First Impressions: Cave Story

The seminal indie game finally comes to Nintendo

Cave Story is like a Cinderella tale of indie game development, arriving at a time when the conventional wisdom was that the days of a lone programmer creating a complex and compelling game were behind us; it proved that the old spirit of the 8-bit era is still alive and well in the 21st century. Independent studio Nicalis has been fortunate enough to work with the creator, Pixel, to bring this modern classic to WiiWare.

We know this is possibly the most anticipated WiiWare title for many and the wait is nearly over (at least in North America, with a confirmed March 22 release date), but we're happy to tease you with a little preview of the game first. Out of respect for Cave Story's creator, and to not spoil too much for those who have never played the PC version, we won't be revealing many details about the game, but instead share some overall feelings about it which should hopefully address any questions or fears. This preview is based upon the final version of the game which has already gone through the approval process at Nintendo.

When you first fire up Cave Story you're treated to an intro that will remind you of an old 8-bit computer game – a feeling that persists through play in the main story mode conveyed by the visuals and style of play. Although Cave Story is a platforming game, it doesn't resemble the kind of games you normally associate with the genre like Mario or Sonic: there are no coins or rings to collect and you're not simply running from one end of the screen to the other. Instead it's more like the action adventure titles found on old 8-bit computers: the title is very apt as the story component is a very strong part of the game and the narrative provides the hook that keeps players continuing on to the end. As a consequence there's no lives or scores because the goal is to finish the story, which is teased out via conversations with various interesting characters and some amusing dialogue.

The protagonist has no memory and thus the player is much like the character: trying to feel their way around in a strange new world. Levels are quite large and can be tricky to navigate, but it's well worth exploring – not only to find new items that will help you in your progress, but also to learn more of the story, as there are people to chat with in some unusual places. There's no time limit and there are plentiful save points to aid you in case you make a mistake, though both your weapon power and health bar increase over the course of play to minimise their impact. The platforming elements can be a little tricky, but we didn't encounter anything truly testing: a testament to some excellent level design which emphasises exploration over learning special techniques and therefore accessible to players besides platforming mavens.

Graphically, Cave Story is firmly in the 8-bit era and looks like a long-lost Commodore 64 game. Nicalis have updated the visuals, but it's merely in the form of some nicer textures and cleaner artwork – the essence of the original game's appearance is still there. If you want to experience the game as it originally looked on the PC you're able to do so via the options menu. The soundtrack has been similarly treated with some rearranging and improved fidelity – though again, if you want to hear the original music that's also possible.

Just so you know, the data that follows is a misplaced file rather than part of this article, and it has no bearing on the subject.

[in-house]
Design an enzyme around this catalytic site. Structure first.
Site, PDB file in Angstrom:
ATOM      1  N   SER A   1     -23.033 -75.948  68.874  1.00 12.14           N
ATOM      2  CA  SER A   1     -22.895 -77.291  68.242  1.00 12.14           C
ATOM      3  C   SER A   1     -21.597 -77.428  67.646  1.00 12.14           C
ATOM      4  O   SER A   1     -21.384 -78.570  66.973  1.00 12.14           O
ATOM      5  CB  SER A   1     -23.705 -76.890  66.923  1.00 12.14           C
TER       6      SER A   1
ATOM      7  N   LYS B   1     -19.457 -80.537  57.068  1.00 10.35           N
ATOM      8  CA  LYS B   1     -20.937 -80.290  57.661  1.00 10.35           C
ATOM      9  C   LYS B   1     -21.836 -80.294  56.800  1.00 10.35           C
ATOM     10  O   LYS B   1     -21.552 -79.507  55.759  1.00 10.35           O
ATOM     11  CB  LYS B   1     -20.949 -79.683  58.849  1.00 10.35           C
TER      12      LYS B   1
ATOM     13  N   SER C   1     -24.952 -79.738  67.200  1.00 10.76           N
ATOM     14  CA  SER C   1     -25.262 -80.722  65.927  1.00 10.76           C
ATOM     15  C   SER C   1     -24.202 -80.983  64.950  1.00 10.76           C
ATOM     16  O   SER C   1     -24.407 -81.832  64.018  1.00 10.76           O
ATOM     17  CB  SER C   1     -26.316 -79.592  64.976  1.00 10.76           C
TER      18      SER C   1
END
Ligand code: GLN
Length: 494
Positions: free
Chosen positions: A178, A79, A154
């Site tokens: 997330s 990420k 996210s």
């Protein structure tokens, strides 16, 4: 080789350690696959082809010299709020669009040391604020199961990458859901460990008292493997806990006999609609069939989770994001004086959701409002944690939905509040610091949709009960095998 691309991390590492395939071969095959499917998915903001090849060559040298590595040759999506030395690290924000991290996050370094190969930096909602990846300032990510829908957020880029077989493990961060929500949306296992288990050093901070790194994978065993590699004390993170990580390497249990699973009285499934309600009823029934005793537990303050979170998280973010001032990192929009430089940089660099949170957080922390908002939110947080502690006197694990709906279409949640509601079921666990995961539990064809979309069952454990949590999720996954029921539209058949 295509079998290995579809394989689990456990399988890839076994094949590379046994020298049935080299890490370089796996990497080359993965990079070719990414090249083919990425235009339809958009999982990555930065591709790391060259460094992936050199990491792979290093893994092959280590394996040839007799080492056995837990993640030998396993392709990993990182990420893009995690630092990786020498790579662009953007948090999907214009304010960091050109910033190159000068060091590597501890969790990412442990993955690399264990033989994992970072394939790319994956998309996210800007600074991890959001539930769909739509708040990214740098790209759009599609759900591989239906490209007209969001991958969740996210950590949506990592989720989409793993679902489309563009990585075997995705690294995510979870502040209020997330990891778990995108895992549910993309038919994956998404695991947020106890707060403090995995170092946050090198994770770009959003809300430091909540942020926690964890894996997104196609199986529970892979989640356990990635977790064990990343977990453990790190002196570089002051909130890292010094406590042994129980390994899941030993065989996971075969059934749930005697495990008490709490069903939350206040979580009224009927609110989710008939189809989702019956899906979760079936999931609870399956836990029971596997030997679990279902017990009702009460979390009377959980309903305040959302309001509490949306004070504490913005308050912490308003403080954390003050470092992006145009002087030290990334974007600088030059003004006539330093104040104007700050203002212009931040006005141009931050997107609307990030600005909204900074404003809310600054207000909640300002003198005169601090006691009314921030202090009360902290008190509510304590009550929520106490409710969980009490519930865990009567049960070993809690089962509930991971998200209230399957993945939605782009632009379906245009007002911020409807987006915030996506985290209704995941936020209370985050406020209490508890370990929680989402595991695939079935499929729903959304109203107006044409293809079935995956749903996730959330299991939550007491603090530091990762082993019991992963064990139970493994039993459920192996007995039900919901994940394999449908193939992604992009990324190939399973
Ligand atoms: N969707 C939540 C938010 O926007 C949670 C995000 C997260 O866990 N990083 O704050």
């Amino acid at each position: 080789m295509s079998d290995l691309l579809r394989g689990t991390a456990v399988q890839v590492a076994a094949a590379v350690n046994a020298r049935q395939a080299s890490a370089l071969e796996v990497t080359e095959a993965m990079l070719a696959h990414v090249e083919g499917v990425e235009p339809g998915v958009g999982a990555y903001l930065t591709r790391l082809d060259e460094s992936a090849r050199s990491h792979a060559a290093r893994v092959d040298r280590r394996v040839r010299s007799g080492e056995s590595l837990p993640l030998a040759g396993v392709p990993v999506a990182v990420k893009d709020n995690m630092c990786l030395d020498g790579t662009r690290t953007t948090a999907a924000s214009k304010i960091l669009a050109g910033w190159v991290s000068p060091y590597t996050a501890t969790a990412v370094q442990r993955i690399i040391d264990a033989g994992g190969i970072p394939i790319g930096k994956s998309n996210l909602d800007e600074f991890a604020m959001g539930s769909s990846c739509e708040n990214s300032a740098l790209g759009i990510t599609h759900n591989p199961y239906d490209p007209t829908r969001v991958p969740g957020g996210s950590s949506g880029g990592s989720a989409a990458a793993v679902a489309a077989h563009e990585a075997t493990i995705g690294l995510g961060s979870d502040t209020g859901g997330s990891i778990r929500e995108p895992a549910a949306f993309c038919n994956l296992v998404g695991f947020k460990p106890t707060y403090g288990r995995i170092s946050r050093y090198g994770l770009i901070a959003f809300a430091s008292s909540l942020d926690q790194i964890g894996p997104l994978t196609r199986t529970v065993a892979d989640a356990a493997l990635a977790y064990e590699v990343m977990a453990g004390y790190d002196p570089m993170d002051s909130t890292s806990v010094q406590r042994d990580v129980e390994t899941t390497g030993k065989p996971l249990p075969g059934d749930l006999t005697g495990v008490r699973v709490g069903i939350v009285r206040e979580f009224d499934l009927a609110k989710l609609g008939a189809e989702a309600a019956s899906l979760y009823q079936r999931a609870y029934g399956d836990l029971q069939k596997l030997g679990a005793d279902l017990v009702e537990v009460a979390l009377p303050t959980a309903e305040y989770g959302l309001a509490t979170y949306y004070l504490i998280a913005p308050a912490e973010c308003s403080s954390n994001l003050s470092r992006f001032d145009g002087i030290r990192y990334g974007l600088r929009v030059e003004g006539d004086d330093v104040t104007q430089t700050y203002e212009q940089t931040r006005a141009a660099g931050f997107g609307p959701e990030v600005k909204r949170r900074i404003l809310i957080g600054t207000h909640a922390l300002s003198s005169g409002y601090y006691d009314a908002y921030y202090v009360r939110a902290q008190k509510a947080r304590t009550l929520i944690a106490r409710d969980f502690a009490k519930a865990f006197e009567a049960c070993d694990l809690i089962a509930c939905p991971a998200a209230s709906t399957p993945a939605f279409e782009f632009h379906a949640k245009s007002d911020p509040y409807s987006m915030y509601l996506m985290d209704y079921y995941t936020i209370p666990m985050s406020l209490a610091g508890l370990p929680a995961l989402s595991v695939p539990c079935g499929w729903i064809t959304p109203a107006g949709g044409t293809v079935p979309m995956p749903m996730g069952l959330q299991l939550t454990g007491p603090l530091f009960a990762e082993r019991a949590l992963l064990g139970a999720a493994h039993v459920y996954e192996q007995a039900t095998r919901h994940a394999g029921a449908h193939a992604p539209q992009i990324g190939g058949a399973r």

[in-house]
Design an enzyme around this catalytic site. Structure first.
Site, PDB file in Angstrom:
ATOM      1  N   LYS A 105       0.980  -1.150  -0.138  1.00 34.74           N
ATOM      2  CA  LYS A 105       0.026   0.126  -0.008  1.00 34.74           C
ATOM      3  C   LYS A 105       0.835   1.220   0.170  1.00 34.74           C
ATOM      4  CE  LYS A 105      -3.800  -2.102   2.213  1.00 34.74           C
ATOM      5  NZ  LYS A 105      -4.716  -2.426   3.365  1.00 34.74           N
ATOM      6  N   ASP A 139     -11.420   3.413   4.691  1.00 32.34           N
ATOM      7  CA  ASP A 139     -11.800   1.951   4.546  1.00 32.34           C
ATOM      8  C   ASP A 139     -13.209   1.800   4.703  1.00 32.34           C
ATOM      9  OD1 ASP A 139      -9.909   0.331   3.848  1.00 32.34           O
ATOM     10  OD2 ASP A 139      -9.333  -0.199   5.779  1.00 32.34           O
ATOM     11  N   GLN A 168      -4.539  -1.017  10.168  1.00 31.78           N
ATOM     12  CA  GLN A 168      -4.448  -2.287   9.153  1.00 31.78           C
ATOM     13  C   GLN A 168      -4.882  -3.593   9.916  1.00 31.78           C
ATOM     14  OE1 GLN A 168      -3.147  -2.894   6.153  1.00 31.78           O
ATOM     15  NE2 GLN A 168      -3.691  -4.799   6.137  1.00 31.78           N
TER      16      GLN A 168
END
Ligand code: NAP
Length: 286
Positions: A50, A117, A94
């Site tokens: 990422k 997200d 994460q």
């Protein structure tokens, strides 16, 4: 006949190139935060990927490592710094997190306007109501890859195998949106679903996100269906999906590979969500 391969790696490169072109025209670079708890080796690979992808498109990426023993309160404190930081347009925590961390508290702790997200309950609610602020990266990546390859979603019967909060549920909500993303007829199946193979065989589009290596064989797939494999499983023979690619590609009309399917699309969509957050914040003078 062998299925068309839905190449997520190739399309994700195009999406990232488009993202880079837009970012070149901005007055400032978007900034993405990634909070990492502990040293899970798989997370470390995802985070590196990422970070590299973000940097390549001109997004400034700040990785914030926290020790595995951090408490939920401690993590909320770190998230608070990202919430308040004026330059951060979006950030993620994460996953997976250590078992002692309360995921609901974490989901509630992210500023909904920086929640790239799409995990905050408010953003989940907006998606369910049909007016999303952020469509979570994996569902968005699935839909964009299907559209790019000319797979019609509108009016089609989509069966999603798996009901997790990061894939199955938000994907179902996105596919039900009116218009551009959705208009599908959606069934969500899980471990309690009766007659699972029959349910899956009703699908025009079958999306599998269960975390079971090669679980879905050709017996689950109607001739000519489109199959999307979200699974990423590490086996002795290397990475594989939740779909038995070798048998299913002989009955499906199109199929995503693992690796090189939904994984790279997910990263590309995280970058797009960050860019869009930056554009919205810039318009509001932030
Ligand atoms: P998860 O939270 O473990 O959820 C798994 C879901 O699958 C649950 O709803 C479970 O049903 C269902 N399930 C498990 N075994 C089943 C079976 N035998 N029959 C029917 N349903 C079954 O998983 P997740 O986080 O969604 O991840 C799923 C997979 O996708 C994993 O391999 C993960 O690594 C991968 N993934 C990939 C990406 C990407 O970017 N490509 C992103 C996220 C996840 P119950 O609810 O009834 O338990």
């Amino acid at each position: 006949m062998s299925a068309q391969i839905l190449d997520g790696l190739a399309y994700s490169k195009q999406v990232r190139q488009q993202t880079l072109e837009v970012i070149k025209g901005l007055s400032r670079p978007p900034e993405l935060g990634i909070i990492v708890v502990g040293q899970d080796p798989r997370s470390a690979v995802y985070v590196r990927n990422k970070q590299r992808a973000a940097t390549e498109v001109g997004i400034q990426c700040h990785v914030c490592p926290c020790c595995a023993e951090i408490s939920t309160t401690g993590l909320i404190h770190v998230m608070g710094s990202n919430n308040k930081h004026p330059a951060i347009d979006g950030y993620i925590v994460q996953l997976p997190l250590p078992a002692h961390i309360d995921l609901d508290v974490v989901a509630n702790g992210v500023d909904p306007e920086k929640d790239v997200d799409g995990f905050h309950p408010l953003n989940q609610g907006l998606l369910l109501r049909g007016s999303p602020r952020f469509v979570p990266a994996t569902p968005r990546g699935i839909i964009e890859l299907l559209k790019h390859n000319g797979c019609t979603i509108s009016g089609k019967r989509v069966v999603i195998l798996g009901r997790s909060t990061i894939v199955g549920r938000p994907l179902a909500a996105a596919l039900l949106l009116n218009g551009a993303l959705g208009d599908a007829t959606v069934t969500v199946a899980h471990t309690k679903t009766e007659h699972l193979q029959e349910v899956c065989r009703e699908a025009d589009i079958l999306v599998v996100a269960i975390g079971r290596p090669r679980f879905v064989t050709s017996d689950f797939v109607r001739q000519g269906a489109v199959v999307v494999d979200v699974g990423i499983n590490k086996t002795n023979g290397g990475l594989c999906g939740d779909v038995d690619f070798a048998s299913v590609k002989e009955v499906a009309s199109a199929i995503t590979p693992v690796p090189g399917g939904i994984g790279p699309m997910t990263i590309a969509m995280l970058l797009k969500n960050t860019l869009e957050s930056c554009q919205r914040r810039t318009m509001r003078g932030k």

The controls make full use of the Wii Remote and will be immediately familiar to anyone who's ever picked up a controller. The Remote is used on its side with standard movement and jumping controls (alternatively you can make use of the Classic Controller). Holding down the jump button will allow you to jump further and higher, there's a button for firing weapons and you'll use (A) and (B) to toggle through them once you acquire more than one. You can view your inventory via (+) , whilst (-) will bring up a map – after you find the map tool. If we have any complaints it's that there's no way to exit back to the main menu we could determine besides hitting Home and resetting the game, though in reality once you start playing it's unlikely you'll want to check out the other modes until you've seen it through to the end!

Cave Story is such a finely crafted game it could easily stand on its own, but there's a few extras to tempt players of the original game (aside from graphical and aural improvements and new character designs from Pixel). Boss Rush allows players to battle the bosses from the game in sequence via a nice museum-like menu interface. Sanctuary Time Attack levels-up players and then pits them against a challenging level which they attempt to complete within a fixed time limit – a good test for the master spelunker, surely? The only other mode we were able to see was the ability to play through the story with one of the other characters encountered in the game, but it's always possible there's an extra surprise hidden there somewhere...

There's little question that Cave Story will be worth the wait for fans of action-platforming and simply compelling storytelling. Hopefully more than just North America will get a chance to play it soon!

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